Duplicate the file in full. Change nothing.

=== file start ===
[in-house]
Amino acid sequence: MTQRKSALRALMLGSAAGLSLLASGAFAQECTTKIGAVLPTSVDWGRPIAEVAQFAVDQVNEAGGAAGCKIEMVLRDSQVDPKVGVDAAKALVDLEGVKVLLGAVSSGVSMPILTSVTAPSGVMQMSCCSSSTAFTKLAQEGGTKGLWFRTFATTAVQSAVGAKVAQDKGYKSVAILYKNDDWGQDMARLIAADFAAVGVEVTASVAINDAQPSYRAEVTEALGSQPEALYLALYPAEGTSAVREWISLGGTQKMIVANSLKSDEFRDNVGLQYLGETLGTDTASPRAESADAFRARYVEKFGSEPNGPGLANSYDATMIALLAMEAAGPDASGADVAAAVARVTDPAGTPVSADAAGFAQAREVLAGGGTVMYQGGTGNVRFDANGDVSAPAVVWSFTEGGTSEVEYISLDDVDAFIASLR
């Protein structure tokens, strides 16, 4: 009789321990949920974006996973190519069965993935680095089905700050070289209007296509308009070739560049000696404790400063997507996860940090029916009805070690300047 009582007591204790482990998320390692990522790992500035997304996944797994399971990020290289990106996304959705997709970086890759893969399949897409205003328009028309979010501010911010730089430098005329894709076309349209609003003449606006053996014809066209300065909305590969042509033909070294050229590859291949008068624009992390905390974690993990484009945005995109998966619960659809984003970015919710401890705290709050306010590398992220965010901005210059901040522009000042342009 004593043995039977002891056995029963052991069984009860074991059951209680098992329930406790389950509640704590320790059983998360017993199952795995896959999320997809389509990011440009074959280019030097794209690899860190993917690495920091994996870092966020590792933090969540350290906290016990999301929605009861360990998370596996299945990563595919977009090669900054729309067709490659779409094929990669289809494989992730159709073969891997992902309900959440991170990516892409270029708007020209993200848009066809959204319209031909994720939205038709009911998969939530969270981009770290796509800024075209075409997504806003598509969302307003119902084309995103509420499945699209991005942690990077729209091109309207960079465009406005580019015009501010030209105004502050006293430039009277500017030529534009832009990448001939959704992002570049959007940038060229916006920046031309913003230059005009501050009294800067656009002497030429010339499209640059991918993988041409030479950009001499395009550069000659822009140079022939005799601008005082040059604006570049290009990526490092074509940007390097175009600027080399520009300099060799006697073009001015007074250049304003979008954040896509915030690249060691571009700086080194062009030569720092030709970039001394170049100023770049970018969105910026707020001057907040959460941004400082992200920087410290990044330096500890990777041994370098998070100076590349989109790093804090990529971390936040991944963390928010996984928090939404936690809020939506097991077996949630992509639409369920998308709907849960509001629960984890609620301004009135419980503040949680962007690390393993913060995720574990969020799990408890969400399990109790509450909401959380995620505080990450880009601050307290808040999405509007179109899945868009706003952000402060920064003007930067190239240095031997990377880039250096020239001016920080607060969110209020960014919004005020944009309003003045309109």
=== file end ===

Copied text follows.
[in-house]
Amino acid sequence: MTQRKSALRALMLGSAAGLSLLASGAFAQECTTKIGAVLPTSVDWGRPIAEVAQFAVDQVNEAGGAAGCKIEMVLRDSQVDPKVGVDAAKALVDLEGVKVLLGAVSSGVSMPILTSVTAPSGVMQMSCCSSSTAFTKLAQEGGTKGLWFRTFATTAVQSAVGAKVAQDKGYKSVAILYKNDDWGQDMARLIAADFAAVGVEVTASVAINDAQPSYRAEVTEALGSQPEALYLALYPAEGTSAVREWISLGGTQKMIVANSLKSDEFRDNVGLQYLGETLGTDTASPRAESADAFRARYVEKFGSEPNGPGLANSYDATMIALLAMEAAGPDASGADVAAAVARVTDPAGTPVSADAAGFAQAREVLAGGGTVMYQGGTGNVRFDANGDVSAPAVVWSFTEGGTSEVEYISLDDVDAFIASLR
């Protein structure tokens, strides 16, 4: 009789321990949920974006996973190519069965993935680095089905700050070289209007296509308009070739560049000696404790400063997507996860940090029916009805070690300047 009582007591204790482990998320390692990522790992500035997304996944797994399971990020290289990106996304959705997709970086890759893969399949897409205003328009028309979010501010911010730089430098005329894709076309349209609003003449606006053996014809066209300065909305590969042509033909070294050229590859291949008068624009992390905390974690993990484009945005995109998966619960659809984003970015919710401890705290709050306010590398992220965010901005210059901040522009000042342009 004593043995039977002891056995029963052991069984009860074991059951209680098992329930406790389950509640704590320790059983998360017993199952795995896959999320997809389509990011440009074959280019030097794209690899860190993917690495920091994996870092966020590792933090969540350290906290016990999301929605009861360990998370596996299945990563595919977009090669900054729309067709490659779409094929990669289809494989992730159709073969891997992902309900959440991170990516892409270029708007020209993200848009066809959204319209031909994720939205038709009911998969939530969270981009770290796509800024075209075409997504806003598509969302307003119902084309995103509420499945699209991005942690990077729209091109309207960079465009406005580019015009501010030209105004502050006293430039009277500017030529534009832009990448001939959704992002570049959007940038060229916006920046031309913003230059005009501050009294800067656009002497030429010339499209640059991918993988041409030479950009001499395009550069000659822009140079022939005799601008005082040059604006570049290009990526490092074509940007390097175009600027080399520009300099060799006697073009001015007074250049304003979008954040896509915030690249060691571009700086080194062009030569720092030709970039001394170049100023770049970018969105910026707020001057907040959460941004400082992200920087410290990044330096500890990777041994370098998070100076590349989109790093804090990529971390936040991944963390928010996984928090939404936690809020939506097991077996949630992509639409369920998308709907849960509001629960984890609620301004009135419980503040949680962007690390393993913060995720574990969020799990408890969400399990109790509450909401959380995620505080990450880009601050307290808040999405509007179109899945868009706003952000402060920064003007930067190239240095031997990377880039250096020239001016920080607060969110209020960014919004005020944009309003003045309109």